Japan was always weird...
- The Face of Another review by Count Otto Black
Firstly, ignore the synopsis, which was yet again written by someone who hasn't actually seen the film, and misses the point completely.
Secondly, if this sounds like the kind of movie you might want to see, check out Georges Franju's Surrealist masterpiece "Les Yeux Sans Visage" first, because this film rips off a great deal from it without being anywhere remotely near as good. Then watch this one if you're some kind of obsessive cinematic face transplant completist.
Thirdly... well, frankly, where do I start? By telling you that the "hero" spends almost half the film being so obnoxiously selfish that he makes "Green Lantern" look like "Forrest Gump", and the rest of it being maybe 10% nicer? By pointing out that in 1966, a doctor whose entire job consisted of replacing the lost body-parts of damaged people with realistic-looking prostheses probably wouldn't have considered supplying a rubber mask to a man with hideous facial scars so that he could leave his house without wrapping his head in bandages precisely equivalent to the fictional Baron Frankenstein's corpse-reanimating crime against God? By saying that mild mental retardation doesn't turn people into subhumans who have extra senses because they're animals?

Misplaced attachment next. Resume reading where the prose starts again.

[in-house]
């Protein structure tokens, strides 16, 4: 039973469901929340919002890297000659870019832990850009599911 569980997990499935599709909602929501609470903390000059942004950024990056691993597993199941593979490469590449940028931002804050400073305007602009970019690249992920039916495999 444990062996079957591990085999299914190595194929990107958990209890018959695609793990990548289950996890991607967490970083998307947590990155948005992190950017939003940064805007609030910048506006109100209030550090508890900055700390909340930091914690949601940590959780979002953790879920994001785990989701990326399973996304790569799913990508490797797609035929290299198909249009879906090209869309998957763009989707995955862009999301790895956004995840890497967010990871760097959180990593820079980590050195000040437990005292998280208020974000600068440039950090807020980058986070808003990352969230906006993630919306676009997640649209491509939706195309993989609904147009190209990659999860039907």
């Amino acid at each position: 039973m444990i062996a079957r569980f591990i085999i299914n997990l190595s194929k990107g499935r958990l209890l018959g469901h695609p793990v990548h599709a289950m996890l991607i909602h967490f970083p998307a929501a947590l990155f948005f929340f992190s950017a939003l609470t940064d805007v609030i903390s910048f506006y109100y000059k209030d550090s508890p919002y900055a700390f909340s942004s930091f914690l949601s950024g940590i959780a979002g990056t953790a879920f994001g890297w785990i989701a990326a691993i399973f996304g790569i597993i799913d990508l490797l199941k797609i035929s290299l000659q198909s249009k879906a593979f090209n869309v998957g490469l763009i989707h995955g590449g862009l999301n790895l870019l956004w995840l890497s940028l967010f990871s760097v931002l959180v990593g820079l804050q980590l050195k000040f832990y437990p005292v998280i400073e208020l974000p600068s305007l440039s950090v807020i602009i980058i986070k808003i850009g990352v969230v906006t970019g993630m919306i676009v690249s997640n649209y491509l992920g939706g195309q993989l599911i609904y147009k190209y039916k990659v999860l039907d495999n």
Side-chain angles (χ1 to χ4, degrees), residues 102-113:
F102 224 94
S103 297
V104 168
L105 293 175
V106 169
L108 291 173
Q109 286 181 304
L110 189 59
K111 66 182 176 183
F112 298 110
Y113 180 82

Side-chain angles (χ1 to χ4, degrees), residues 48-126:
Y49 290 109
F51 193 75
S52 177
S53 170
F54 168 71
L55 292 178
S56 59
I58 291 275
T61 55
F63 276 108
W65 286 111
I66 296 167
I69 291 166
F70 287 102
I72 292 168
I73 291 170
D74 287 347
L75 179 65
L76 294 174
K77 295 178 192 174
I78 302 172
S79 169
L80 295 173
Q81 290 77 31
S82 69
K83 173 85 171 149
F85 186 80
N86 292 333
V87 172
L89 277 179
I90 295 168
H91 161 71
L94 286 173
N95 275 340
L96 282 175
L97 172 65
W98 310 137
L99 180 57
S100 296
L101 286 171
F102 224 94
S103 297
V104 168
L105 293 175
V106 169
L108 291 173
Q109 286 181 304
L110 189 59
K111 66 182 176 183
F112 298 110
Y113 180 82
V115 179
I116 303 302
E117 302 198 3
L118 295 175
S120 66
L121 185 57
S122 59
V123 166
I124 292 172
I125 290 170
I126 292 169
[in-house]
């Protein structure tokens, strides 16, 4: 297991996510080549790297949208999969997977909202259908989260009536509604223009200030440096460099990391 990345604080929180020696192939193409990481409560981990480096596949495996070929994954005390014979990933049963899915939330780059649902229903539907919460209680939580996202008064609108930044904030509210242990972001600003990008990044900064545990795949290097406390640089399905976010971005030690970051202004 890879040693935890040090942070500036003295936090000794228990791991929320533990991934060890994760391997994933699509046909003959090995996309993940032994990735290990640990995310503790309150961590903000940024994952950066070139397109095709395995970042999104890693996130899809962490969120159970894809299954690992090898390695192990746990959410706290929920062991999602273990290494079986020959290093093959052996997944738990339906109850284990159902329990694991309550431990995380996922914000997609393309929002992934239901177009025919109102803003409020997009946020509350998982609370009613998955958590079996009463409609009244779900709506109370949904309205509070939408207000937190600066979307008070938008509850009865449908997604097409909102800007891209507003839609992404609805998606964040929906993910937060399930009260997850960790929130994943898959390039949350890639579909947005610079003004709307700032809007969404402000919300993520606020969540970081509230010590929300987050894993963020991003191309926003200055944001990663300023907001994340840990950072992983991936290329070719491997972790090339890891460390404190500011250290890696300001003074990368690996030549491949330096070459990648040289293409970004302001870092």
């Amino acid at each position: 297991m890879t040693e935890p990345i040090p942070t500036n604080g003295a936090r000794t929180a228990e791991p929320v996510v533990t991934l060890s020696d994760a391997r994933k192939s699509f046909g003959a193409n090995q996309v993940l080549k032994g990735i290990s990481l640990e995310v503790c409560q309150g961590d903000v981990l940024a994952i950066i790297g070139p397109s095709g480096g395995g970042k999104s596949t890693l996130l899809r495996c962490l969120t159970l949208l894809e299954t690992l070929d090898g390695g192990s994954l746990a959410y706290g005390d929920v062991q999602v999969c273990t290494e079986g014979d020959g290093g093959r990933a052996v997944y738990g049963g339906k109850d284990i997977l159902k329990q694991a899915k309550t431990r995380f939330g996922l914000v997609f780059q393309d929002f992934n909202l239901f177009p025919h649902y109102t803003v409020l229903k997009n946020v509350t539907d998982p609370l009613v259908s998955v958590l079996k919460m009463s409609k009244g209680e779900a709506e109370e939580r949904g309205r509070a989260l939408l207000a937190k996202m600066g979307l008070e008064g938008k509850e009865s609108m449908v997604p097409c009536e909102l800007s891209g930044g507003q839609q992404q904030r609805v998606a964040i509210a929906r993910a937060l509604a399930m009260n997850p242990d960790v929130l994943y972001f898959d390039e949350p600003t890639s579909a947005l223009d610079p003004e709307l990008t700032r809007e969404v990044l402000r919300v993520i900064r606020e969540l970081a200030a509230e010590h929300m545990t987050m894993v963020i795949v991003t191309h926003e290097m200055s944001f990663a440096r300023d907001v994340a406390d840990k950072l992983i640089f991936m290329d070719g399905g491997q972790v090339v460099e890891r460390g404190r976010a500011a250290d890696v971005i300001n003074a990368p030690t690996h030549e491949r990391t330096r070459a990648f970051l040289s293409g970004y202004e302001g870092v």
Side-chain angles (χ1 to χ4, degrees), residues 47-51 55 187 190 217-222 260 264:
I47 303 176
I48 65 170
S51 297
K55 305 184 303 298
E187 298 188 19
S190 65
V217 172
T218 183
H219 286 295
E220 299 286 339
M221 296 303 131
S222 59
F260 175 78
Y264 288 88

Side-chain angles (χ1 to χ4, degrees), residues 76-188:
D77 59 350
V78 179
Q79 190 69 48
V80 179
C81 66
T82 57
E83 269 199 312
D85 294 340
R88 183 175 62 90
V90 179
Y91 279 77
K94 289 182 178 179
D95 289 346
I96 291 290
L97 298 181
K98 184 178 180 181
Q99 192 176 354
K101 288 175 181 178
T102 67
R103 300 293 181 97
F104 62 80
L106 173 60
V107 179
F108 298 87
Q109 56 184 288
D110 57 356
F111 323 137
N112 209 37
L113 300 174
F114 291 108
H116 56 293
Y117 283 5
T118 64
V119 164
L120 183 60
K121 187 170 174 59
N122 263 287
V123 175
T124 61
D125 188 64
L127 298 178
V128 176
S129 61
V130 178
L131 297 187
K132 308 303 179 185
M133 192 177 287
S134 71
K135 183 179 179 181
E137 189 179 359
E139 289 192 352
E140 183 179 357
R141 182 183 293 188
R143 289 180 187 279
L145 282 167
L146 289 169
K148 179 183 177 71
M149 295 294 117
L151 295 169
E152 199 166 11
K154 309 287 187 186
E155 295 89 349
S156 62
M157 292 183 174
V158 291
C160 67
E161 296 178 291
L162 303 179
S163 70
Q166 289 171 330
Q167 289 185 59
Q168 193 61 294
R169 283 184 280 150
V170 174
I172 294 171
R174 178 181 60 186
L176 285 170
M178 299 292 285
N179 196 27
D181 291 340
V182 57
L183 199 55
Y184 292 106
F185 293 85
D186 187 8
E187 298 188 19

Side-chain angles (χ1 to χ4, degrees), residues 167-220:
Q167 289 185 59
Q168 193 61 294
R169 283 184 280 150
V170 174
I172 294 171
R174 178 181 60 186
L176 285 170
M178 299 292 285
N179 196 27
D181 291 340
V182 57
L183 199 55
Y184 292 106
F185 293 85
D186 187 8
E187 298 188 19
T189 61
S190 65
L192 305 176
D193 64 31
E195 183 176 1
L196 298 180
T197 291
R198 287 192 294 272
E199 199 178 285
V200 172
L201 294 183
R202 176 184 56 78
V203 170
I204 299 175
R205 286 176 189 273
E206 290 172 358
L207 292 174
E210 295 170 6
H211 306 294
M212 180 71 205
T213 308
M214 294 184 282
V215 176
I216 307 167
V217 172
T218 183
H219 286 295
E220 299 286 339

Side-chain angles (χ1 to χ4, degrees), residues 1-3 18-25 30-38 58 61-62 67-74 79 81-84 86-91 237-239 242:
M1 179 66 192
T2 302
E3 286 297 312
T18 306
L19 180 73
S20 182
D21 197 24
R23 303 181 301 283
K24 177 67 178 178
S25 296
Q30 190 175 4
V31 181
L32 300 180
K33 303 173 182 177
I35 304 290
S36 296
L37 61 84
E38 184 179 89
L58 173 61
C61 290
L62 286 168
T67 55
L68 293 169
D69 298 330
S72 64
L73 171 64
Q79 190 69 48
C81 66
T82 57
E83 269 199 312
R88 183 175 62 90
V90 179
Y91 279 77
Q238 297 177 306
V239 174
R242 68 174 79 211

I get that 50 years ago, Japan was such an intolerant society that if you had anything whatsoever wrong with you, you were literally a "monster", and this is a ham-fisted protest against such attitudes. But since it also states that physical injuries damage your soul, and any cosmetic alteration that makes you unaccountable to the laws of a repressive society automatically turns you into an amoral psychopath, I fail to see what point is really being made here. Cosmetic surgery is evil, possibly? I really don't know.
This is an ugly, mean-spirited, depressing film, and the random touches of pretentious but irrelevant Surrealism add nothing. Avoid.
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